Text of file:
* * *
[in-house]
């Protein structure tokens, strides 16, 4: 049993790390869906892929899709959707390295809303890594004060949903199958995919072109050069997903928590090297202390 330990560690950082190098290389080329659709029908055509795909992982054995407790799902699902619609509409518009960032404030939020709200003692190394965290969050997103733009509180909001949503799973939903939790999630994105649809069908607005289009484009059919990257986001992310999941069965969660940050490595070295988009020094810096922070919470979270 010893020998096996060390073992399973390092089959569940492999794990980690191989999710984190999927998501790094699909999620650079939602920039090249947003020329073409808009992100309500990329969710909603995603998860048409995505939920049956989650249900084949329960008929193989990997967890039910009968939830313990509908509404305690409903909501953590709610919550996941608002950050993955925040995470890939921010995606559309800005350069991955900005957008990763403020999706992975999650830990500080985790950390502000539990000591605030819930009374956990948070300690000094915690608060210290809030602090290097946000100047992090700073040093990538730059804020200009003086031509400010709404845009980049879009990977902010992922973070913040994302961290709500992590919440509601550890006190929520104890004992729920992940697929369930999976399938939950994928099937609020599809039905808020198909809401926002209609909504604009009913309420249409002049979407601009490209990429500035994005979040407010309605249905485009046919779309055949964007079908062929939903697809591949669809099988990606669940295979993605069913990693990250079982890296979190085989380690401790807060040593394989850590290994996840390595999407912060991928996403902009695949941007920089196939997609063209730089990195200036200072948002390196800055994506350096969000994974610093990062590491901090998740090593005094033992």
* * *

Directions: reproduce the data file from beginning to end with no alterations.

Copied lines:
[in-house]
């Protein structure tokens, strides 16, 4: 049993790390869906892929899709959707390295809303890594004060949903199958995919072109050069997903928590090297202390 330990560690950082190098290389080329659709029908055509795909992982054995407790799902699902619609509409518009960032404030939020709200003692190394965290969050997103733009509180909001949503799973939903939790999630994105649809069908607005289009484009059919990257986001992310999941069965969660940050490595070295988009020094810096922070919470979270 010893020998096996060390073992399973390092089959569940492999794990980690191989999710984190999927998501790094699909999620650079939602920039090249947003020329073409808009992100309500990329969710909603995603998860048409995505939920049956989650249900084949329960008929193989990997967890039910009968939830313990509908509404305690409903909501953590709610919550996941608002950050993955925040995470890939921010995606559309800005350069991955900005957008990763403020999706992975999650830990500080985790950390502000539990000591605030819930009374956990948070300690000094915690608060210290809030602090290097946000100047992090700073040093990538730059804020200009003086031509400010709404845009980049879009990977902010992922973070913040994302961290709500992590919440509601550890006190929520104890004992729920992940697929369930999976399938939950994928099937609020599809039905808020198909809401926002209609909504604009009913309420249409002049979407601009490209990429500035994005979040407010309605249905485009046919779309055949964007079908062929939903697809591949669809099988990606669940295979993605069913990693990250079982890296979190085989380690401790807060040593394989850590290994996840390595999407912060991928996403902009695949941007920089196939997609063209730089990195200036200072948002390196800055994506350096969000994974610093990062590491901090998740090593005094033992």